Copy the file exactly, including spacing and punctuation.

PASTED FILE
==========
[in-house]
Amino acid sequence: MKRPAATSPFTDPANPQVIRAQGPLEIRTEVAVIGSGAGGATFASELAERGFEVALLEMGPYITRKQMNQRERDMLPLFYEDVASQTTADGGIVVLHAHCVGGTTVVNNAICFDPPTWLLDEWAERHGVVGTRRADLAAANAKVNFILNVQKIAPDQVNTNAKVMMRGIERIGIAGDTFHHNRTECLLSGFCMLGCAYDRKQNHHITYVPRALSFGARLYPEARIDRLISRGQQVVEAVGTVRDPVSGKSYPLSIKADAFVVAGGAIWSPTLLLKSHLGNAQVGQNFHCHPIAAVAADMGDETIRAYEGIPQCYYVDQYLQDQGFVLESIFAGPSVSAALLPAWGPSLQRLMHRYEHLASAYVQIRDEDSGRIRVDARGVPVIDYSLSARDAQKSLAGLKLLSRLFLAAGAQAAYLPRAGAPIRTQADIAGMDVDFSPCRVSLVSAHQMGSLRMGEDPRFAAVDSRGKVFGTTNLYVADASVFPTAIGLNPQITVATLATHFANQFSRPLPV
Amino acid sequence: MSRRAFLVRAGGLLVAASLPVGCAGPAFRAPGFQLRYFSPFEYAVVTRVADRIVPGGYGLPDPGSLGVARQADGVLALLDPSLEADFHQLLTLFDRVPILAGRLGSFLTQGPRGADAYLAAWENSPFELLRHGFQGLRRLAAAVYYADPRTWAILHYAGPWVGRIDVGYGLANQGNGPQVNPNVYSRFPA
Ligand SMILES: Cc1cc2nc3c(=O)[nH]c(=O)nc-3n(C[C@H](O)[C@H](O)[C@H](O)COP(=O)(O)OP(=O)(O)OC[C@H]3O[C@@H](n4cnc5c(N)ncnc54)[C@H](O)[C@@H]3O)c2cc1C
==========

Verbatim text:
[in-house]
Amino acid sequence: MKRPAATSPFTDPANPQVIRAQGPLEIRTEVAVIGSGAGGATFASELAERGFEVALLEMGPYITRKQMNQRERDMLPLFYEDVASQTTADGGIVVLHAHCVGGTTVVNNAICFDPPTWLLDEWAERHGVVGTRRADLAAANAKVNFILNVQKIAPDQVNTNAKVMMRGIERIGIAGDTFHHNRTECLLSGFCMLGCAYDRKQNHHITYVPRALSFGARLYPEARIDRLISRGQQVVEAVGTVRDPVSGKSYPLSIKADAFVVAGGAIWSPTLLLKSHLGNAQVGQNFHCHPIAAVAADMGDETIRAYEGIPQCYYVDQYLQDQGFVLESIFAGPSVSAALLPAWGPSLQRLMHRYEHLASAYVQIRDEDSGRIRVDARGVPVIDYSLSARDAQKSLAGLKLLSRLFLAAGAQAAYLPRAGAPIRTQADIAGMDVDFSPCRVSLVSAHQMGSLRMGEDPRFAAVDSRGKVFGTTNLYVADASVFPTAIGLNPQITVATLATHFANQFSRPLPV
Amino acid sequence: MSRRAFLVRAGGLLVAASLPVGCAGPAFRAPGFQLRYFSPFEYAVVTRVADRIVPGGYGLPDPGSLGVARQADGVLALLDPSLEADFHQLLTLFDRVPILAGRLGSFLTQGPRGADAYLAAWENSPFELLRHGFQGLRRLAAAVYYADPRTWAILHYAGPWVGRIDVGYGLANQGNGPQVNPNVYSRFPA
Ligand SMILES: Cc1cc2nc3c(=O)[nH]c(=O)nc-3n(C[C@H](O)[C@H](O)[C@H](O)COP(=O)(O)OP(=O)(O)OC[C@H]3O[C@@H](n4cnc5c(N)ncnc54)[C@H](O)[C@@H]3O)c2cc1C